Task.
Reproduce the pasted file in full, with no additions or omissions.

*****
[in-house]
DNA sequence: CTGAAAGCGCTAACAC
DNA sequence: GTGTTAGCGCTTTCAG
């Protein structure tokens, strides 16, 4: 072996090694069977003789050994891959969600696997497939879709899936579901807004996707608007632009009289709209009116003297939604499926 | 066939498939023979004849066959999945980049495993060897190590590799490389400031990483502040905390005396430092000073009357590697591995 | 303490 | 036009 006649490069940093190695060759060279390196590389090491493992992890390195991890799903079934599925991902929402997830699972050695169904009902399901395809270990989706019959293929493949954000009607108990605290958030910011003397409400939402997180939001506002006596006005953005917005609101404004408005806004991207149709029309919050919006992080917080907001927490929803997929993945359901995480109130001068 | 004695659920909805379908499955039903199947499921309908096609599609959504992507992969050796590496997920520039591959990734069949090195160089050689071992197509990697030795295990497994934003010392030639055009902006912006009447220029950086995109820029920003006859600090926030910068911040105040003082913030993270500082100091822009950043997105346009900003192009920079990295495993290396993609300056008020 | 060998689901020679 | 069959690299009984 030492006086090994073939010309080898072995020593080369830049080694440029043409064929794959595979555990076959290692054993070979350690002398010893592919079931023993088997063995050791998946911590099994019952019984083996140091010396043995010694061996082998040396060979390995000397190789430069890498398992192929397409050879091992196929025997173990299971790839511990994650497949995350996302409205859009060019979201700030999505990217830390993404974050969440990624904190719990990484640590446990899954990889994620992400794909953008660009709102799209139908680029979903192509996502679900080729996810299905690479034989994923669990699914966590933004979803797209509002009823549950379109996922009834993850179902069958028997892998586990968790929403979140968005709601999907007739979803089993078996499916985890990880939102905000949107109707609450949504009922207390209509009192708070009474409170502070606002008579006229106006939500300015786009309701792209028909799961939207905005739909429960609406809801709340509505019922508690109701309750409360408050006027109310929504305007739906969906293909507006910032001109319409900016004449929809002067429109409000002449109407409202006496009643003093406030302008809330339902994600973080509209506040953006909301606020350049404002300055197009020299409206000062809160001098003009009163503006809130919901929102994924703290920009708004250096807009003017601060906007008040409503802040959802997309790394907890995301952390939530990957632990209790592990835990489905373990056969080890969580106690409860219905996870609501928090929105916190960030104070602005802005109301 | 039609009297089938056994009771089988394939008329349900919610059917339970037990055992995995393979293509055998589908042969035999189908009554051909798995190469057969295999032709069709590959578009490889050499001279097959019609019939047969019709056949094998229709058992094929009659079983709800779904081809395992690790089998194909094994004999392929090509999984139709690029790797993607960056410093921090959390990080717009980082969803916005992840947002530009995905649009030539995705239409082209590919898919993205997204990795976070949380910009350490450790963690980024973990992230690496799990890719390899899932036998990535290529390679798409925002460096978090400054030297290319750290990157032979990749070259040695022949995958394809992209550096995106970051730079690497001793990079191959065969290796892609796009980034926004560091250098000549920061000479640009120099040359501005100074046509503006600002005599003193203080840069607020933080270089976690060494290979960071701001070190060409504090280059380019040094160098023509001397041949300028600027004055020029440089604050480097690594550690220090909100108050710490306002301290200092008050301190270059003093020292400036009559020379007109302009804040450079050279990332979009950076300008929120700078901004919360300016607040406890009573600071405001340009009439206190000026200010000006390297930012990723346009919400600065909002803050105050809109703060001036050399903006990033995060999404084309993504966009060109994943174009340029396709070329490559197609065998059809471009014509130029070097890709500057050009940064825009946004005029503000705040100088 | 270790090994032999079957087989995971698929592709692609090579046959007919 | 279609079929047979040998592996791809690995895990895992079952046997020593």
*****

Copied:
[in-house]
DNA sequence: CTGAAAGCGCTAACAC
DNA sequence: GTGTTAGCGCTTTCAG
């Protein structure tokens, strides 16, 4: 072996090694069977003789050994891959969600696997497939879709899936579901807004996707608007632009009289709209009116003297939604499926 | 066939498939023979004849066959999945980049495993060897190590590799490389400031990483502040905390005396430092000073009357590697591995 | 303490 | 036009 006649490069940093190695060759060279390196590389090491493992992890390195991890799903079934599925991902929402997830699972050695169904009902399901395809270990989706019959293929493949954000009607108990605290958030910011003397409400939402997180939001506002006596006005953005917005609101404004408005806004991207149709029309919050919006992080917080907001927490929803997929993945359901995480109130001068 | 004695659920909805379908499955039903199947499921309908096609599609959504992507992969050796590496997920520039591959990734069949090195160089050689071992197509990697030795295990497994934003010392030639055009902006912006009447220029950086995109820029920003006859600090926030910068911040105040003082913030993270500082100091822009950043997105346009900003192009920079990295495993290396993609300056008020 | 060998689901020679 | 069959690299009984 030492006086090994073939010309080898072995020593080369830049080694440029043409064929794959595979555990076959290692054993070979350690002398010893592919079931023993088997063995050791998946911590099994019952019984083996140091010396043995010694061996082998040396060979390995000397190789430069890498398992192929397409050879091992196929025997173990299971790839511990994650497949995350996302409205859009060019979201700030999505990217830390993404974050969440990624904190719990990484640590446990899954990889994620992400794909953008660009709102799209139908680029979903192509996502679900080729996810299905690479034989994923669990699914966590933004979803797209509002009823549950379109996922009834993850179902069958028997892998586990968790929403979140968005709601999907007739979803089993078996499916985890990880939102905000949107109707609450949504009922207390209509009192708070009474409170502070606002008579006229106006939500300015786009309701792209028909799961939207905005739909429960609406809801709340509505019922508690109701309750409360408050006027109310929504305007739906969906293909507006910032001109319409900016004449929809002067429109409000002449109407409202006496009643003093406030302008809330339902994600973080509209506040953006909301606020350049404002300055197009020299409206000062809160001098003009009163503006809130919901929102994924703290920009708004250096807009003017601060906007008040409503802040959802997309790394907890995301952390939530990957632990209790592990835990489905373990056969080890969580106690409860219905996870609501928090929105916190960030104070602005802005109301 | 039609009297089938056994009771089988394939008329349900919610059917339970037990055992995995393979293509055998589908042969035999189908009554051909798995190469057969295999032709069709590959578009490889050499001279097959019609019939047969019709056949094998229709058992094929009659079983709800779904081809395992690790089998194909094994004999392929090509999984139709690029790797993607960056410093921090959390990080717009980082969803916005992840947002530009995905649009030539995705239409082209590919898919993205997204990795976070949380910009350490450790963690980024973990992230690496799990890719390899899932036998990535290529390679798409925002460096978090400054030297290319750290990157032979990749070259040695022949995958394809992209550096995106970051730079690497001793990079191959065969290796892609796009980034926004560091250098000549920061000479640009120099040359501005100074046509503006600002005599003193203080840069607020933080270089976690060494290979960071701001070190060409504090280059380019040094160098023509001397041949300028600027004055020029440089604050480097690594550690220090909100108050710490306002301290200092008050301190270059003093020292400036009559020379007109302009804040450079050279990332979009950076300008929120700078901004919360300016607040406890009573600071405001340009009439206190000026200010000006390297930012990723346009919400600065909002803050105050809109703060001036050399903006990033995060999404084309993504966009060109994943174009340029396709070329490559197609065998059809471009014509130029070097890709500057050009940064825009946004005029503000705040100088 | 270790090994032999079957087989995971698929592709692609090579046959007919 | 279609079929047979040998592996791809690995895990895992079952046997020593």